Journal Entry – Mon Oct 19

There’s a town in Quebec named Asbestos, soon to be known as Val-des-Sources (hopefully). I wonder if the people who’ve passed away in Asbestos all died from cancer? 

Well … It’s been a long day, but a good day. I had a chat with our family doctor about André. My own issues have given me a new perspective on his. She told me to get in touch with his psychiatrist – I feel like André could benefit from medication, but I know he doesn’t like the idea. 

But I see so many similarities in our behaviour and personality – like a lack of consistent, sustained interest in things/people we initially liked/loved. It’s like a switch just flips, and everything we wanted, we don’t want anymore, until we do again or maybe never. I sometimes feel like his anxieties manifest themselves in his random aches and pains.

We’ll see what happens.  

Lecture 8 – Suffering and Its Causes

Before I begin, this was my favourite lecture so far – just putting that out there.

“Just as medicine diagnoses and treats the diseases of the body that cause physical suffering, philosophy diagnoses and treats disease of the soul that causes psychological suffering.”

Epicurus – Greek philosopher

Many Hellenistic and Buddhist philosophers agree with Epicurus. You may have heard of the Four Noble Truths – these are the messages Siddhartha came up with after achieving enlightenment as a way to share his insights with the rest of us. As explained by Buddhaghosa:

“The truth of suffering is like a disease. The truth of origination is like the cause of the disease. The truth of cessation is like the cure of the disease. And the truth of the path is like the medicine. ”   


This means there are medical diagnosis and cure for the disease (dis-ease) of suffering.

To define suffering from the Buddha’s perspective – “In brief, the five aggregates subject to clinging are suffering.” The five aspects of humans are the physical body, feelings, perceptions, volitions and consciousness. Each of these aspects is subject to clinging because they are part of our lifelong struggle to obtain what we want and avoid what we don’t – however, no matter how hard we try, everything is subject to change and the fact that nothing lasts forever also contributes to our suffering.

In Buddhism, suffering involves a complex set of reasons, including ignorance, aversion, attachment and cravings – these all come together to create or contribute to our suffering.   

There are at least three types of suffering, aka dukkha (I think that’s Sanskrit, but maybe not)

  • dukkhadukkhata – is suffering associated with mental and physical pain and our aversion to things we find unpleasant.
  • viparinamadukkhata – is suffering associated with change (change is not a problem. For me, things don’t change fast enough) – this is paradoxical suffering because even though we may be doing something we enjoy, if we continue, we will end up experiencing pain.
  • samskaradukkhata – experiences that seem neither pleasant nor unpleasant in one moment may end up changing in the next (I feel a kinship to this kind of suffering – and look! My name is in it 🙂 )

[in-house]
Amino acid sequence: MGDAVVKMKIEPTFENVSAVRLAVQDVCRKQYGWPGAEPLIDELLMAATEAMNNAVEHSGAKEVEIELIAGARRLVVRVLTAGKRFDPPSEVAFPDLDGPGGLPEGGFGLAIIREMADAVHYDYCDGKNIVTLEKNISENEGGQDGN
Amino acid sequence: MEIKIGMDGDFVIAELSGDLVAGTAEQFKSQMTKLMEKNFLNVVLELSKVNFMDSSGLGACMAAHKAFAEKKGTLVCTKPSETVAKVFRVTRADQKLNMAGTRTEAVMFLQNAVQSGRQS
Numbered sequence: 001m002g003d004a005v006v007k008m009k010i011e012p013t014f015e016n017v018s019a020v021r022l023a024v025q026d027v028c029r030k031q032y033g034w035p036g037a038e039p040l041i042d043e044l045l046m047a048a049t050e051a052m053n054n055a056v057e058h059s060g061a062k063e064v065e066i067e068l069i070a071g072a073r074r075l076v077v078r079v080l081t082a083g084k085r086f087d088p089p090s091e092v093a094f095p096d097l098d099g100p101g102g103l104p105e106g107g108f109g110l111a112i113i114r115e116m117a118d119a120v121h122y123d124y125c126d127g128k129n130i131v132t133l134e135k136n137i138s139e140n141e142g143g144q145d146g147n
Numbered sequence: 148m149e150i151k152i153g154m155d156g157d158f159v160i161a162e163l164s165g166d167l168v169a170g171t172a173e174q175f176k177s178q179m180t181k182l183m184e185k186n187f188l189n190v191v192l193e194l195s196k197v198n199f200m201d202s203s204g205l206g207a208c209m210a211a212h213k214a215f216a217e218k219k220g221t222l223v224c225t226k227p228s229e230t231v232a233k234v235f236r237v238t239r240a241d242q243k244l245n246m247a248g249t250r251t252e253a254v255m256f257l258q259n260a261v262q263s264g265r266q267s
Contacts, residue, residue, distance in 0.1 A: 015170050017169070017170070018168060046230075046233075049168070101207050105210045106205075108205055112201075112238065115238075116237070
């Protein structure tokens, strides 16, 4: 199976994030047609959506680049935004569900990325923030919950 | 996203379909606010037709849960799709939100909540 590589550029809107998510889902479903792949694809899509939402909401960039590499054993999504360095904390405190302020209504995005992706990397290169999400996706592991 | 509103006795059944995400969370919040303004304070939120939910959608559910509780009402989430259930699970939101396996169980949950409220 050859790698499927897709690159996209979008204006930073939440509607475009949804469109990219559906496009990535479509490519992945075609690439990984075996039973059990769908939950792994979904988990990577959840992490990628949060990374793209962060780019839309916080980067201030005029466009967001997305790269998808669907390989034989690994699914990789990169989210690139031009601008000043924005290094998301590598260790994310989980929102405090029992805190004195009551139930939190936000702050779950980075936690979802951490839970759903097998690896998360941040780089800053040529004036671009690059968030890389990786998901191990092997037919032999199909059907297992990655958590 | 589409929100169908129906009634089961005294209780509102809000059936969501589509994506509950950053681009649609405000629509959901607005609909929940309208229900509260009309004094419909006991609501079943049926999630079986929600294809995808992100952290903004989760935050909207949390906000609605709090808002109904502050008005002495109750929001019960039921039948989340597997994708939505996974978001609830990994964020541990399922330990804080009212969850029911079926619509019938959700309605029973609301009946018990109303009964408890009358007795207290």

Ultimately, if suffering is the human disease, then craving is the cause – we crave for things to continue and stop. We want what we want when we want it. (this is the second truth, the origin of suffering). To stop suffering (the third noble truth), we have to get rid of the craving, and we do this by following the path in the fourth noble truth.

There are three types of cravings – none of them permanent:

  • Craving for what’s pleasurable (like gummy bears vs a sugar-free green smoothie)
  •  Craving for extermination – this is our strong desire for self-preservation. And finally,
  • Craving for extermination – this is our desire to eliminate anything that we perceive to be negative

BTW – Makc (Max) has a new song – Её виной (it means “her fault” according to Google – I’m gonna ask Kostya to translate)

Craving of any kind presupposes that we are stable enough to possess something permanent, but we ourselves are NOT permanent. There is no stable self, according to the Buddha, that could permanently keep anything anyway. So … Fundamentally, craving is delusional.

The truth of suffering – the Human animal is recurrently dissatisfied. According to evolutionary psychologist Robert Wright in Why Buddhism Is True – we can’t eat once and be completely satisfied because we wouldn’t eat again and then we’d die. The same applies to sex because we cannot pass on genes with on killer sex act. This means we are hardwired to crave good things in a way that is never fully satisfying, and this is the Buddha’s diagnosis of the human condition.

We tend to overestimate how satisfying pleasures like food and sex will be, and we underestimate how fleeting those pleasures really are. This is a good thing from the perspective of evolution because it enhances survival and reproduction, but it’s not so great for our sense of reality or for our personal sense of satisfaction.

(Source – Great Courses – Understanding the Dark Side of Human Nature) which I still don’t understand.

Tomorrow I will tell you about my DNA and the guy I met and subsequently am no longer talking to because he freaked me out 🙂 – OMG sometimes I have so much to say – I have to pace myself.

There’s a palm reading app I want to try.

Dear Personal Jesus:

I would like a ring of invisibility so that I can get away with doing crazy shit. 
I don't want an invisibility suit like The Invisible Man (2020) 
It is much easier to slip a ring on and off. 

Oh, before I forget yet again, thank you very much for everything. 
I am eternally grateful but still wanting more.

With love,

P.S.: I am impatiently waiting for my Rolls-Royce Phantom that I requested weeks ago. 
Please make haste and don't forget the driver.  

Oct 19 – Correction to course name.

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